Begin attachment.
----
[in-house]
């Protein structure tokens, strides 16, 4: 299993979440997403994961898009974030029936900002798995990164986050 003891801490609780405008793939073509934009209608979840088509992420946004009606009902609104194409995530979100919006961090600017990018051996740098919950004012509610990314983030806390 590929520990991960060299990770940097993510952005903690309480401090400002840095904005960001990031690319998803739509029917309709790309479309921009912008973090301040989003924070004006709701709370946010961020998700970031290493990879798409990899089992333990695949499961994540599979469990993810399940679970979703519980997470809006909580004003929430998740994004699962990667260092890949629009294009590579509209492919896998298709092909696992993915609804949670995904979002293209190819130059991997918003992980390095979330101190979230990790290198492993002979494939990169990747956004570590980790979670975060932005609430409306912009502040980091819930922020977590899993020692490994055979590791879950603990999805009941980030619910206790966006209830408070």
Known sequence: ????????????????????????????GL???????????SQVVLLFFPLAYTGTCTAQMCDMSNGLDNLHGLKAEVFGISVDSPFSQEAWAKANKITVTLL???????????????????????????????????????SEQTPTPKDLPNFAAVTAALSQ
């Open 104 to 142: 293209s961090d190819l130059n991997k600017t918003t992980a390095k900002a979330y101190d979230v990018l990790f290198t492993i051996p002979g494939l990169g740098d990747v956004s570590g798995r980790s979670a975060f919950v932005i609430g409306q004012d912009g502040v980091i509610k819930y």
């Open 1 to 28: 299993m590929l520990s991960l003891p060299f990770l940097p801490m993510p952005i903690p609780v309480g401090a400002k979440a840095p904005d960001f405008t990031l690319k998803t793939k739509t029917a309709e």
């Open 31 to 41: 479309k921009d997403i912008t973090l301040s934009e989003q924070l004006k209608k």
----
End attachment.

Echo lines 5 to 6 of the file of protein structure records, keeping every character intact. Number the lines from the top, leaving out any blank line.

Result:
């Open 1 to 28: 299993m590929l520990s991960l003891p060299f990770l940097p801490m993510p952005i903690p609780v309480g401090a400002k979440a840095p904005d960001f405008t990031l690319k998803t793939k739509t029917a309709e």
């Open 31 to 41: 479309k921009d997403i912008t973090l301040s934009e989003q924070l004006k209608k």